US embassy cable - 04MADRID553

Spanish Film Campaign: Promotion or Protectionism?

Identifier: 04MADRID553
Wikileaks: View 04MADRID553 at
Origin: Embassy Madrid
Created: 2004-02-18 08:51:00
Classification: UNCLASSIFIED
Redacted: This cable was not redacted by Wikileaks.
This record is a partial extract of the original cable. The full text of the original cable is not available.

E.O. 12958: N/A 
SUBJECT: Spanish Film Campaign: Promotion or Protectionism? 
1. Spain's film industry has kicked off 2004 with a campaign 
aimed at promoting Spanish films by belittling those "made 
in the USA." Despite the campaign's anti-American tone, 
there's no need for Hollywood to worry yet. GOS policy, as 
voiced by President Aznar, suggests that the introduction of 
market access barriers is highly unlikely. 
2. Spanish film producers started the New Year with the aim 
of improving their box office profits.  Although film 
production in Spain increased from 114 movies in 2002 to 126 
movies in 2003, the ten most-seen Spanish films accounted 
for 70% to 80% of Spanish film sales.  In an attempt to 
promote Spanish movies, producers from the Federacin de 
Asociaciones de Productores Audiovisuales (Fapae) initiated 
a campaign based on the slogan "You need to come see us." 
The aim of the producers was to remind viewers that Spanish 
films are different from international films.  While Fapae 
said the campaign wasn't anti-Hollywood, the ads obviously 
referred to the U.S. 
3. The campaign consisted of three commercials that were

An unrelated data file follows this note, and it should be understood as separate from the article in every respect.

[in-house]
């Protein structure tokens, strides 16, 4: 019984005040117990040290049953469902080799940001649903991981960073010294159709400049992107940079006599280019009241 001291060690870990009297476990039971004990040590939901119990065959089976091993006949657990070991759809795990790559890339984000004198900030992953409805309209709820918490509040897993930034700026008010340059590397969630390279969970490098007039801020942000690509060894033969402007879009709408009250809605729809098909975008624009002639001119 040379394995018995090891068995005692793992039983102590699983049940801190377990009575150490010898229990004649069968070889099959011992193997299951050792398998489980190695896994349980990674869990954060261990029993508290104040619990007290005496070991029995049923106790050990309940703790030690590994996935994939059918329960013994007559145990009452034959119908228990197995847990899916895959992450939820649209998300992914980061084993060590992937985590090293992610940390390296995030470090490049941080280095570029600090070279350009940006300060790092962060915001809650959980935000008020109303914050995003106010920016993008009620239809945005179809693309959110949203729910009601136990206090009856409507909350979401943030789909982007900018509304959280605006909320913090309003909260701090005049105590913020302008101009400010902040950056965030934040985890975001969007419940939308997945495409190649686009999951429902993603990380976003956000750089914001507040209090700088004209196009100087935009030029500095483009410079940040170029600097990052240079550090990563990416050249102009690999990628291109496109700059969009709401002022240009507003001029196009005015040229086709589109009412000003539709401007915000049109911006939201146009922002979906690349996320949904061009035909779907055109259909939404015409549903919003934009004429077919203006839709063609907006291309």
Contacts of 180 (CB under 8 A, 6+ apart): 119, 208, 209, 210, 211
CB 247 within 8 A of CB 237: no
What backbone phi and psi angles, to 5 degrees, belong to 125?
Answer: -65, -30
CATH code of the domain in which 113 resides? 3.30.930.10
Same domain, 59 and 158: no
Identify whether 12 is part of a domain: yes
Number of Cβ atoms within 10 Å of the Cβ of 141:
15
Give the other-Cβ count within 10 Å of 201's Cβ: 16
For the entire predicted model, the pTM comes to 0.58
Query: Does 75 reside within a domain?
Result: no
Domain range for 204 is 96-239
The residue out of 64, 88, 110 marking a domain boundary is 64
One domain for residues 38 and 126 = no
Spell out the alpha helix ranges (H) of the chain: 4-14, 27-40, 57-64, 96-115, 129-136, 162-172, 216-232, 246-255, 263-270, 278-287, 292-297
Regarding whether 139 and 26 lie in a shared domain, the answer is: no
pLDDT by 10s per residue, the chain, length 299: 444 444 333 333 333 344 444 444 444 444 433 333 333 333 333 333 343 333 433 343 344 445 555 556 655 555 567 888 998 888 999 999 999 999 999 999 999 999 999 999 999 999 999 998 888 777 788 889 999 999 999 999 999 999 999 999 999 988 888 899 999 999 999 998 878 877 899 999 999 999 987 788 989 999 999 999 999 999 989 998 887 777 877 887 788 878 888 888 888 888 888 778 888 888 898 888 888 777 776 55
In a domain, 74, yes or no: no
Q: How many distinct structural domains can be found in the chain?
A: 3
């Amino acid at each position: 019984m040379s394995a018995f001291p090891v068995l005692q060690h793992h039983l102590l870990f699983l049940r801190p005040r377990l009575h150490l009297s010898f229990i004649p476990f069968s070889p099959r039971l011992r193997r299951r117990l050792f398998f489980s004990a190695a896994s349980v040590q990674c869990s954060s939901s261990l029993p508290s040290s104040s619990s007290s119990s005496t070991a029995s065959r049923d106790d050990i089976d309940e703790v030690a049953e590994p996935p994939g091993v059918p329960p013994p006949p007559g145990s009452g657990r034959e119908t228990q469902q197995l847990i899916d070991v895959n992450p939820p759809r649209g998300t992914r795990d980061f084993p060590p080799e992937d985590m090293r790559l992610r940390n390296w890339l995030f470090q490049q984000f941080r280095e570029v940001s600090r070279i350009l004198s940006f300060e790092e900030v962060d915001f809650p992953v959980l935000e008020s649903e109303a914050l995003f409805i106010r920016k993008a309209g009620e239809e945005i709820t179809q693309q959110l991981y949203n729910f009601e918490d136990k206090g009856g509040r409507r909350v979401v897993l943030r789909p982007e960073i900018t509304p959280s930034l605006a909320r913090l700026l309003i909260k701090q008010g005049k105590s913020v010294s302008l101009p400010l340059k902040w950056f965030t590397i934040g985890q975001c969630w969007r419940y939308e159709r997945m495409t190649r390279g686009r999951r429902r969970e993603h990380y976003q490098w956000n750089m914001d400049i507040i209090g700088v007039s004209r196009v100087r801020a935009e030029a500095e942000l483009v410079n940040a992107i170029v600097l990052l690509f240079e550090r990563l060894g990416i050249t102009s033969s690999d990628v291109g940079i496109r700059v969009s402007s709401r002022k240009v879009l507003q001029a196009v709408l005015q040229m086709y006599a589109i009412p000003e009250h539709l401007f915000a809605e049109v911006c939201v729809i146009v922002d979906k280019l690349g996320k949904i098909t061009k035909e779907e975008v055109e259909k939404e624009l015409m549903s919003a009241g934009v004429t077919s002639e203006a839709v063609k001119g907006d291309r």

screened in theaters or aired on television for a period of 
fifteen days.  The president of Fapae Pedro Perez made a 
press statement assuring that the message is not against 
anyone, not even Hollywood.  "Taxista" or taxi-driver was 
the first commercial, which underscored the difference 
between Spanish culture, when two taxi-drivers meet and 
greet each other using hand-shakes and gestures, reflecting 
those of hip-hop.  Another commercial "Halloween," questions 
why aspects of foreign cultures are adopted into Spanish 
culture.  The message of the last of three advertisements, 
"Batedor" or baseball batter, was that Spanish cinema is 
equally capable of producing movies.  Although the 
commercials are comical, they make obvious references to 
American culture, complicating Perez' claim that these 
campaigns are not targeted at, as the newspaper El Mundo put 
it, its "archenemy the American cinema." 
4. Despite the anti-U.S. overtones, it's unlikely the U.S. 
film industry should be concerned about a backlash against 
American films in Spain.  We spoke with Secretary General 
Estela Artacho of Fedicine, a confederation representing 
American film and Spanish film industries.  Although Spanish 
producers would support protectionist measures, Artacho 
opined that given the present Aznar administration's liberal 
trade policies and its strong ties to the U.S., 
protectionist measures are unlikely.  In his recent trip to 
the U.S., Aznar condemned the French degree of cultural 
protectionism.  Currently, the only form of protection in 
Spain is a long-standing movie quota of one EU-film for 
every three non EU-films. Artacho was convinced that the 
American film industry was not significantly affected by 
this quota. 
5. A closer look at the Spanish film sector can explain that 
the campaign is not driven politically, but rather, it has 
been initiated by the economics of the film sector.  For the 
second consecutive year, movie attendance has dropped 
sharply in Spain.  For 2002 and 2003, there was a total loss 
of nearly 17 million viewers.  On the other hand, there were 
some minimal improvements for Spanish films, which gained 
500,000 viewers-an increase in market share from 13.7% to 
16% in 2003. 
6. CONCLUSION.  Last year's sales figures have been an eye- 
opener for Spanish film producers. They have opted to 
attract more viewers to their films by branding their film 
industry. For now, the U.S. film industry will probably be 
unaffected by the new campaigns.  The possibility of other 
measures being taken depends largely on the future situation 
of the Spanish film sector. 

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